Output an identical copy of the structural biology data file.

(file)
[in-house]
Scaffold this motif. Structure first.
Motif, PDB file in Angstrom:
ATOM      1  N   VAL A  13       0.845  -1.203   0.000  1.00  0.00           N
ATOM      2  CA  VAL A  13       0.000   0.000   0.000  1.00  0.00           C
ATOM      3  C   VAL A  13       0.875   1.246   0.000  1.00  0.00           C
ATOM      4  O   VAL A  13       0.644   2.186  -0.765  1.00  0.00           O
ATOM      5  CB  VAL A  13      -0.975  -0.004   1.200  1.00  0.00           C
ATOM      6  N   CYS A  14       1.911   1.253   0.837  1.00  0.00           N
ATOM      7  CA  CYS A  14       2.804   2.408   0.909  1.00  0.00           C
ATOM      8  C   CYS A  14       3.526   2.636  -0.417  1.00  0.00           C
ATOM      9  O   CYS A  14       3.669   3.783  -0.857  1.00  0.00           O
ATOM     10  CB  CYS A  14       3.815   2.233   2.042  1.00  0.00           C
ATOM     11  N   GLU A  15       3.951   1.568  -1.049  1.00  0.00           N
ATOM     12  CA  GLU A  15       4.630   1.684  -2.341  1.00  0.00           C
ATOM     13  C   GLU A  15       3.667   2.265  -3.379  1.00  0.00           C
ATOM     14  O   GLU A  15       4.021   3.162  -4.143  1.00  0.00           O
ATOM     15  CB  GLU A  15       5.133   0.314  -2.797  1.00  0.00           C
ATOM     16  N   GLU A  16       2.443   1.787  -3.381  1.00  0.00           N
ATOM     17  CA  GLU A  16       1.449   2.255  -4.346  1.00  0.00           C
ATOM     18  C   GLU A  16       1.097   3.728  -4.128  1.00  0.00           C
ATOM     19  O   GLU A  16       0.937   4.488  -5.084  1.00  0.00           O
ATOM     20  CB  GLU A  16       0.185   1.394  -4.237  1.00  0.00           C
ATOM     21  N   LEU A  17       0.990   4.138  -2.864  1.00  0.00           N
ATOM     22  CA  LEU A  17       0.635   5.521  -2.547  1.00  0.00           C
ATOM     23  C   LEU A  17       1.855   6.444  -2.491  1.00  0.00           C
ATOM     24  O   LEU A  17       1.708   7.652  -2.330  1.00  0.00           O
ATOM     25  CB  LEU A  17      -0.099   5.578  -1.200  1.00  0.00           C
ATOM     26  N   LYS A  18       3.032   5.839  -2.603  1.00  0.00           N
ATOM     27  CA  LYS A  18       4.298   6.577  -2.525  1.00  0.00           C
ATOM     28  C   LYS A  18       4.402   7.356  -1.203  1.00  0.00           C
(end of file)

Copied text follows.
[in-house]
Scaffold this motif. Structure first.
Motif, PDB file in Angstrom:
ATOM      1  N   VAL A  13       0.845  -1.203   0.000  1.00  0.00           N
ATOM      2  CA  VAL A  13       0.000   0.000   0.000  1.00  0.00           C
ATOM      3  C   VAL A  13       0.875   1.246   0.000  1.00  0.00           C
ATOM      4  O   VAL A  13       0.644   2.186  -0.765  1.00  0.00           O
ATOM      5  CB  VAL A  13      -0.975  -0.004   1.200  1.00  0.00           C
ATOM      6  N   CYS A  14       1.911   1.253   0.837  1.00  0.00           N
ATOM      7  CA  CYS A  14       2.804   2.408   0.909  1.00  0.00           C
ATOM      8  C   CYS A  14       3.526   2.636  -0.417  1.00  0.00           C
ATOM      9  O   CYS A  14       3.669   3.783  -0.857  1.00  0.00           O
ATOM     10  CB  CYS A  14       3.815   2.233   2.042  1.00  0.00           C
ATOM     11  N   GLU A  15       3.951   1.568  -1.049  1.00  0.00           N
ATOM     12  CA  GLU A  15       4.630   1.684  -2.341  1.00  0.00           C
ATOM     13  C   GLU A  15       3.667   2.265  -3.379  1.00  0.00           C
ATOM     14  O   GLU A  15       4.021   3.162  -4.143  1.00  0.00           O
ATOM     15  CB  GLU A  15       5.133   0.314  -2.797  1.00  0.00           C
ATOM     16  N   GLU A  16       2.443   1.787  -3.381  1.00  0.00           N
ATOM     17  CA  GLU A  16       1.449   2.255  -4.346  1.00  0.00           C
ATOM     18  C   GLU A  16       1.097   3.728  -4.128  1.00  0.00           C
ATOM     19  O   GLU A  16       0.937   4.488  -5.084  1.00  0.00           O
ATOM     20  CB  GLU A  16       0.185   1.394  -4.237  1.00  0.00           C
ATOM     21  N   LEU A  17       0.990   4.138  -2.864  1.00  0.00           N
ATOM     22  CA  LEU A  17       0.635   5.521  -2.547  1.00  0.00           C
ATOM     23  C   LEU A  17       1.855   6.444  -2.491  1.00  0.00           C
ATOM     24  O   LEU A  17       1.708   7.652  -2.330  1.00  0.00           O
ATOM     25  CB  LEU A  17      -0.099   5.578  -1.200  1.00  0.00           C
ATOM     26  N   LYS A  18       3.032   5.839  -2.603  1.00  0.00           N
ATOM     27  CA  LYS A  18       4.298   6.577  -2.525  1.00  0.00           C
ATOM     28  C   LYS A  18       4.402   7.356  -1.203  1.00  0.00           C